OSA to Host Energy Meetings in Tucson Covering Optics' Role in Alternative Energy


Lyndsay Meyer
The Optical Society

OSA to Host Energy Meetings in Tucson Covering Optics Role in Alternative Energy

Events will highlight optics and photonics in solar energy and discuss optical sensors and the environment

WASHINGTON, June 4 – The Optical Society (OSA) today announced that it will host two energy meetings in Tucson: The Imaging and Applied Optics Congress, June 7-8, at the Westin La Paloma, and the Optical Interference Coatings Topical Meeting, June 6-11, at the Loews Ventana Canyon Resort.  Both events will include a focus on technical breakthroughs in optics and photonics affecting the areas of alternative energy and the environment.

The Imaging and Applied Optics Congress includes two topical meetings on energy and the environment:

  • Optics for Solar Energy (SOLAR) – The goal of this meeting is to bring together the researchers, engineers, and managers developing and using optics for the generation of solar energy to encourage active discussion. All forms of solar energy generation, transmission, and storage—from thermal to photovoltaic to novel methods—will be covered in this forum. The program will highlight the solar energy field through keynote and invited speakers spanning the technology, modeling, public policy, and financial areas.
  • Optical Remote Sensing of the Environment (ORS) -- ORS is a conference focused on sensing, algorithms and phenomena, and applications. Topics will address areas where optical sensors are used to characterize the environment, such as the coastal ocean, forestry, agriculture, or environmental monitoring and natural resource monitoring and management.

The Congress also features Optics in Energy: A Live Interactive Short Course, covering the expanding roles of optics and photonics in the generation and conservation of solar energy. Intended for researchers, engineers, students and others looking to enhance their knowledge of the solar and optics fields, lectures will include background tutorials, updates on recent R&D results, and the status of manufacturing and deployments in the areas of silicon and thin-film photovoltaics, solar concentrators and more.  The course takes place Monday, June 7 from 8 a.m. – 2 p.m. at the University of Arizona Optical Sciences Center.

Highlights of the Optical Interference Coatings Topical Meeting include:

  • Evening Session Keynote Speaker: Edward Moses, Lawrence Livermore National Laboratory
    Topic: LIFE: A Path to Laser Fusion Energy

    Monday, June 7, 5 – 6:30 p.m.

    An internationally recognized laser and optical science expert, Moses is the director for the National Ignition Facility (NIF) and the principal associate director for the NIF and Photon Science organization at Lawrence Livermore National Laboratory in Livermore, Calif. He is responsible for completing construction and activation of NIF, the world’s largest and most energetic laser system.  Moses will discuss a laser fusion-based energy concept that builds on NIF ignition, known as LIFE (Laser Inertial Fusion Engine), which is currently under development. LIFE is inherently safe and can provide a global carbon-free energy generation solution in the 21st century. The talk will discuss recent progress on NIF and the role of NIF in future energy security and frontier science.

  • LaserFest Evening Session Keynote Speaker: Robert Byer, Stanford University
    Topic:The Laser at 50: Gain Media, Resonators (Coatings), and Pumping Means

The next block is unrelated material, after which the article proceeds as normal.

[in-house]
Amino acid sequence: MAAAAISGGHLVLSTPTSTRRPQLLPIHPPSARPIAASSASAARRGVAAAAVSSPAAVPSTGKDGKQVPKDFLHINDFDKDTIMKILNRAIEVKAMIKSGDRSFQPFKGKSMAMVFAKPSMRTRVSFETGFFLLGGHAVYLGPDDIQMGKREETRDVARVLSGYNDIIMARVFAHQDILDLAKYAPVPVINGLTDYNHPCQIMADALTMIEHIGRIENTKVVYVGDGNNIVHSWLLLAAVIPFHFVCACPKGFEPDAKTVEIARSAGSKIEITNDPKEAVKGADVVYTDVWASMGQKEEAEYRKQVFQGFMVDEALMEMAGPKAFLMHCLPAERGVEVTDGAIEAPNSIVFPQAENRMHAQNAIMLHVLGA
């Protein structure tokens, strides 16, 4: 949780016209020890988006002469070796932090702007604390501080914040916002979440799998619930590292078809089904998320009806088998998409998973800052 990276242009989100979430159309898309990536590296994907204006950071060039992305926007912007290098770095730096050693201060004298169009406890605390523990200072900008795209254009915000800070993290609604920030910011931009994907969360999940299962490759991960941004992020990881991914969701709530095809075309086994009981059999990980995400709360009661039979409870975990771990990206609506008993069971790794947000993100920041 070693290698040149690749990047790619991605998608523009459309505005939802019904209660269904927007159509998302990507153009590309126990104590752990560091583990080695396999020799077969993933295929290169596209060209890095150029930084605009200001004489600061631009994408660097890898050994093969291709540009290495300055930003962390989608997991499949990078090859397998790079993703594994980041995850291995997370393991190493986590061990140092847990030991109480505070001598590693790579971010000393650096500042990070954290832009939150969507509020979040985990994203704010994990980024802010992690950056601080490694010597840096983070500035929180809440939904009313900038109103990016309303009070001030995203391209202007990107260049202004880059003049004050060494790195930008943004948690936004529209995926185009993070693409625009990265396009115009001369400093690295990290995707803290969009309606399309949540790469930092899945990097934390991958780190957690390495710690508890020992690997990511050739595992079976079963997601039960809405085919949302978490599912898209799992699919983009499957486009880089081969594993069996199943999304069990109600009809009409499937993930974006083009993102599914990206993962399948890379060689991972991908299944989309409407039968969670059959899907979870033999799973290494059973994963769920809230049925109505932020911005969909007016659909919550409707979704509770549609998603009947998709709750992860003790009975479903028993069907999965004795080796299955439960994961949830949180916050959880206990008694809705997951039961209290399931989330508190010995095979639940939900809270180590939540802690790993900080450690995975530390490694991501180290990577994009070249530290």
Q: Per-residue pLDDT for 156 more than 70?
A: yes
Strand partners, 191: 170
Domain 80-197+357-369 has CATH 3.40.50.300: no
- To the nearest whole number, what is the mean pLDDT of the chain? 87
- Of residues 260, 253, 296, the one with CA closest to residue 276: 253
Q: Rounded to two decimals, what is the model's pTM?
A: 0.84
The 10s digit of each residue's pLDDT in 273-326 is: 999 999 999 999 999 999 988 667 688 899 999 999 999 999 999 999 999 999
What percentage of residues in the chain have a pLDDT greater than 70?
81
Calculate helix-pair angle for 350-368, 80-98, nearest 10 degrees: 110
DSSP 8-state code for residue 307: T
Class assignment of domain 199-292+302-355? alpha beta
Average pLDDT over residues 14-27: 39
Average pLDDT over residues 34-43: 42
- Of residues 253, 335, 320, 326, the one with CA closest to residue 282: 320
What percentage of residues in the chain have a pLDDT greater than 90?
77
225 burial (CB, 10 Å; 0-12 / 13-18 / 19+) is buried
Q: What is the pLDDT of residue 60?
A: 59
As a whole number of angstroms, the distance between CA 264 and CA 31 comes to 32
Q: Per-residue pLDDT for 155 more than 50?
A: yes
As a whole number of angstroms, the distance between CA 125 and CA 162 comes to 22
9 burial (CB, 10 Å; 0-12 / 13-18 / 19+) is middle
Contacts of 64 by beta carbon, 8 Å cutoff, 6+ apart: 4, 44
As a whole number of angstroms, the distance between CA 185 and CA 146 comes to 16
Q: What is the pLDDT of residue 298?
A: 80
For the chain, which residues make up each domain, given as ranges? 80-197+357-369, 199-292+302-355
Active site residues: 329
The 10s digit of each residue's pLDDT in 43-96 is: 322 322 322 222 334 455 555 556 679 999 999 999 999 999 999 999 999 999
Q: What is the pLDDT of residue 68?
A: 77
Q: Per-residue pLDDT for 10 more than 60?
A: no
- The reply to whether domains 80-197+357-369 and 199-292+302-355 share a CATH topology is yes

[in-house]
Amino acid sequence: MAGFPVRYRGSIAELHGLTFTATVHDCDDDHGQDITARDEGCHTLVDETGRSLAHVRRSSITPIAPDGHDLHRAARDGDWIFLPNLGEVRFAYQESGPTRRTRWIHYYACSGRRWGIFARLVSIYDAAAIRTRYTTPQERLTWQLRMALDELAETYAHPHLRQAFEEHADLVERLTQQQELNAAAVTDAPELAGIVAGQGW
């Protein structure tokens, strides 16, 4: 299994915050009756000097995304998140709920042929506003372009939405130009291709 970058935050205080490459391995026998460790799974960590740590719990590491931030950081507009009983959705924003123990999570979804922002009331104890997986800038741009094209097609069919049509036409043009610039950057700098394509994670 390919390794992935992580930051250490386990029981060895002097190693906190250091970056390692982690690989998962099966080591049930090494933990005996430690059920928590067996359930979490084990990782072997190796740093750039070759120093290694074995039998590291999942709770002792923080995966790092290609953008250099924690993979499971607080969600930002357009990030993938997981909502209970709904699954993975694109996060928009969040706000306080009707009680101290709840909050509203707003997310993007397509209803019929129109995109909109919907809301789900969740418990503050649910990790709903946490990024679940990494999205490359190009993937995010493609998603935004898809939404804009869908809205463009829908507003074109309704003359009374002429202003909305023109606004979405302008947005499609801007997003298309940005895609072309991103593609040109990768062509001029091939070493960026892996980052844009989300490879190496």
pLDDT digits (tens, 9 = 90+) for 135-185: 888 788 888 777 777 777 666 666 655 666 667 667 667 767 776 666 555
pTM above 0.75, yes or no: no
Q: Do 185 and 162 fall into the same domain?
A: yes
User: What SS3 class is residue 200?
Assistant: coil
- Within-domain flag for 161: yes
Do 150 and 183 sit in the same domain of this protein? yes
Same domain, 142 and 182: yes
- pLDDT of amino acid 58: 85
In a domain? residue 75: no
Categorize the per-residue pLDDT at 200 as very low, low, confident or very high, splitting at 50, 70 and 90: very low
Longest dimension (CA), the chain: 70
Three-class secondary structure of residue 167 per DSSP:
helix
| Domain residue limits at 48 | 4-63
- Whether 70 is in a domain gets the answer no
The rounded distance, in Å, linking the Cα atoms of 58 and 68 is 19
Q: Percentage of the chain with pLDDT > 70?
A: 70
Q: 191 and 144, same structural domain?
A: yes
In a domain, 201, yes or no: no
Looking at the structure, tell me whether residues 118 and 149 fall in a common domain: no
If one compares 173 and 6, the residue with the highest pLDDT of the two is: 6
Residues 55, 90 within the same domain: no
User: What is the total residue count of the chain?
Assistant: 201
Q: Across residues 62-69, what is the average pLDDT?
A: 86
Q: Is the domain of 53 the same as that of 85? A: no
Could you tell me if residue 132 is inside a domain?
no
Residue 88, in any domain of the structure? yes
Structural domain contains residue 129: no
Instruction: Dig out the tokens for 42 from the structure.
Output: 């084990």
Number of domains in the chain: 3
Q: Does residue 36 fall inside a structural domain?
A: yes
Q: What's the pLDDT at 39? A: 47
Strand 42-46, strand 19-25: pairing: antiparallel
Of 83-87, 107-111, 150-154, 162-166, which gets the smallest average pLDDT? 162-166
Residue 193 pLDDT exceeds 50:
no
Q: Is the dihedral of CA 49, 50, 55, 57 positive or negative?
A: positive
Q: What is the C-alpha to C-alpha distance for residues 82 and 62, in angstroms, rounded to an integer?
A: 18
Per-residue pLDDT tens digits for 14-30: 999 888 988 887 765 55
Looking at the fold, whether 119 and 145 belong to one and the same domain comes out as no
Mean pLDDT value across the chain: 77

Tuesday, June 8, 5:30 – 6:30 p.m.

    Held in conjunction with LaserFest, the science community’s celebration of the 50th anniversary of the first working laser, Robert Byer of Stanford University will discuss how advances in laser sources could not have happened without corresponding advances in optical coatings. The talk will review, from a laser point of view, the fortunes and misfortunes of optical coatings combined with lasers.  Byer has conducted research and taught classes in lasers and nonlinear optics at Stanford University since 1969. He has made numerous contributions to laser science and technology including the demonstration of the first tunable visible parametric oscillator, the development of the Q-switched unstable resonator Nd:YAG laser, remote sensing using tunable infrared sources and precision spectroscopy using Coherent Anti Stokes Raman Scattering (CARS).

Additionally, on June 7, OSA President James C. Wyant, dean of the College of Optical Sciences at the University of Arizona, will honor Rep. Gabrielle Giffords (D-Ariz.) as OSA’s 2010 Advocate of Optics.  Giffords was chosen for her work on H.R. 3585, the Solar Technology Roadmap Act, legislation that seeks to improve solar technology research, development and demonstration programs. She is also being recognized for her work on the U.S. House of Representatives’ Science and Technology Committee.  Wyant will present the award at 9:30 a.m. in Room 307 of the Meinel Optical Science Building at the University of Arizona.

EDITOR’S NOTE: Reporters wishing to attend these events should contact Lyndsay Meyer, lmeyer@osa.org or 202.416.1435, for press credentials.

About OSA
Uniting more than 106,000 professionals from 134 countries, the Optical Society (OSA) brings together the global optics community through its programs and initiatives. Since 1916 OSA has worked to advance the common interests of the field, providing educational resources to the scientists, engineers and business leaders who work in the field by promoting the science of light and the advanced technologies made possible by optics and photonics. OSA publications, events, technical groups and programs foster optics knowledge and scientific collaboration among all those with an interest in optics and photonics. For more information, visit www.osa.org.



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